It might not be a platform in the traditional sense, but massively multiplayer games have become such an important part of the gaming landscape - and so distinct from everything else on the market - that this year, we've decided to treat them as a platform in their own right rather than grouping them in with PC games as a whole. After all, there are plenty of PC gamers who simply don't do MMOG - and probably quite a few MMOG players who simply don't do other games.
Expect this year's MMOG landscape to continue to be dominated by, and to some extent defined by, World of Warcraft - whose first expansion will also probably be the biggest game of the year in this genre. However, there are plenty of other very promising games on the horizon, and with millions of new players switched on to MMOG play by WoW's success, the floor is open for rivals to Blizzard's dominance to emerge in 2007...
Eurogamer's Top Picks
Age of Conan: Hyborian Adventures
Developed by the team who created the fascinating but terribly flawed Anarchy Online, Age of Conan is a game set in the universe of Arnold Schwarzenegger's classic Conan The Barbarian - so as you might expect, it features rather a lot of burly men, broadswords, axes and bloodshed. Trailers for the game show off huge battles, town sieges and buckets of gore, as well as extremely good-looking one-on-one combat, which seems to have an emphasis on actual swordplay.
Graphically, it's a fantastic looking game; while the character designs won't be to everyone's tastes, the environments are lushly depicted and the scale of the whole affair is suitably epic. In that respect, Conan is an ideal universe for an MMOG to some extent, and Age of Conan promises to capitalise on the appeal of the movie without making this into a fans-only affair for a film which is, after all, more a piece of cult cheese than anything else.
One of the most interesting aspects of the game is that it seems willing to dispense with MMOG conventions; the early segment of the game is actually a single-player RPG (although it's played while connected to the game servers), and the MMOG experience comes after that, which should significantly reduce the "noob" factor in the game. Whether Age of Conan will be able to drive its foes before it and hear the lamentation of their women isn't certain - and the memory of Anarchy Online makes us a little wary - but the game certainly looks the part, and is one of this year's most interesting releases in the genre.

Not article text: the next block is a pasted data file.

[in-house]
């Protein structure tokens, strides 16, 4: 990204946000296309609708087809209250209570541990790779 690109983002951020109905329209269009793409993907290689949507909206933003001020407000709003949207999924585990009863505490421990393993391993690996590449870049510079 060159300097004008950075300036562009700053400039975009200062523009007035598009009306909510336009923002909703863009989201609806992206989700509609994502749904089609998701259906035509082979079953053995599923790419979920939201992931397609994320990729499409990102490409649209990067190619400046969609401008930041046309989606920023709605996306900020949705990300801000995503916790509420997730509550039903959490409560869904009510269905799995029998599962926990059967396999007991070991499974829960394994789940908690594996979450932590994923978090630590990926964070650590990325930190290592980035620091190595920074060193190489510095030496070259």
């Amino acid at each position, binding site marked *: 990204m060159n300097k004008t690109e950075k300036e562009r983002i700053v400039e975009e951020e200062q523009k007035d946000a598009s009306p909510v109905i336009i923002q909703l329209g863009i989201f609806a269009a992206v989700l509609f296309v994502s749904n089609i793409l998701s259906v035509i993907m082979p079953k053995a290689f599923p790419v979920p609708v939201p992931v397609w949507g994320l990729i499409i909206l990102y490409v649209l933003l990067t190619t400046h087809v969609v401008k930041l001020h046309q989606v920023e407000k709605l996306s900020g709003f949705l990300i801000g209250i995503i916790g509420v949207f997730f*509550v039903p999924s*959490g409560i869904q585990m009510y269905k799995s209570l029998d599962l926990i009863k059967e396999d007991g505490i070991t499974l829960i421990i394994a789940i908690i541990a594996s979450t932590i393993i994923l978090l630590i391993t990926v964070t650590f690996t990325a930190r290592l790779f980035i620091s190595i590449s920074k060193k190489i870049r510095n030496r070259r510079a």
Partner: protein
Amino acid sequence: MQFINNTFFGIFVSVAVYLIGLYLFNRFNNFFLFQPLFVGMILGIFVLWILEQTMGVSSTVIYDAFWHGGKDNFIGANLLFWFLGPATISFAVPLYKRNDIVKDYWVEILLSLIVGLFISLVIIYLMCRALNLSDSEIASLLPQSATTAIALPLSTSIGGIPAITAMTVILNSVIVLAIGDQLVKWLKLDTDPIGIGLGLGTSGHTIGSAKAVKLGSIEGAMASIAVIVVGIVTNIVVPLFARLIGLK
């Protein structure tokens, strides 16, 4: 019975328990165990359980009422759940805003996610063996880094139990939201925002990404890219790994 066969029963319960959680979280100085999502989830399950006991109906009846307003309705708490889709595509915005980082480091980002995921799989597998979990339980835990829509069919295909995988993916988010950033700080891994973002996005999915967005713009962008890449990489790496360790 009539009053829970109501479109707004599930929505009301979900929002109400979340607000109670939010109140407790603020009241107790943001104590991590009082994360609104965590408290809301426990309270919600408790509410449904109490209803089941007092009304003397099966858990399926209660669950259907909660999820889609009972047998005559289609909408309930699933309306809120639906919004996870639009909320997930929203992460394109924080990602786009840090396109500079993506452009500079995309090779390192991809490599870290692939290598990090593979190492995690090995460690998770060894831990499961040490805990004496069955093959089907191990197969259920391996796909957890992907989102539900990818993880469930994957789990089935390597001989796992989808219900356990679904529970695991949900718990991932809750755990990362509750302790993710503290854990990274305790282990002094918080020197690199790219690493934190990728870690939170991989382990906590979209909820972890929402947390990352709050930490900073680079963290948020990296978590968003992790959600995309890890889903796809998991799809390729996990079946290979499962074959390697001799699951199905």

The Lord of the Rings Online: Shadows of Angmar
- Developer: Turbine
- Publisher: Codemasters
We're honestly not sure whether this is the MMOG that should not be, or the perfect completion of the circle - but the adaptation of Tolkien's epic literary works into massively multiplayer form will be open to all in 2007, regardless of whether it's sacrilege or not. It does make sense, of course, to convert the work which has inspired so many existing MMOGs into an MMOG of its own - but Turbine must be under no illusion about the huge pressure they're facing to deliver an incredible game. Lord of the Rings fans don't forgive easily.
The zones which we've seen so far are promising, and they definitely look great - inspired mostly by the original novels, but also heavily influenced by the styling of Peter Jackson's superb movie trilogy. The graphics engine is impressive, the artwork is extremely solid, and videos suggest bags of custom animation to bring everything to life. As representations of Middle-Earth go, this looks set to be second to none.
However, questions over the gameplay are deserving of answers, and so far not a great many have been forthcoming. It's not clear what timescale, exactly, the game is set in, or how it's going to remain true to the lore of the Lord of the Rings series. Developers Turbine have plenty of fantasy experience with Asheron's Call and the more recent D&D Online, but the muted reception to the D&D game in particular suggests that the firm may make significant changes to its game model for LOTR. In other words - we're completely in the dark, but we're excited and we know it looks gorgeous (last time this happened, we were in Amsterdam and paying by the hour).
- Developer: Destination Games
- Publisher: NCSoft
Richard "Lord British" Garriott (who is from Texas and isn't a hereditary peer of any nature, but that's the wacky world of RPGs for you) is one of the legends of the role-playing world - he basically invented modern role-playing videogames with Ultima, and many years down the line, basically invented modern MMOGs as we know them today with Ultima Online. So it's quite a CV that he brings with him to the development of Tabula Rasa, an oft-delayed MMOG which he is developing with his new studio, Destination Games, and which should finally appear near the back end of 2007.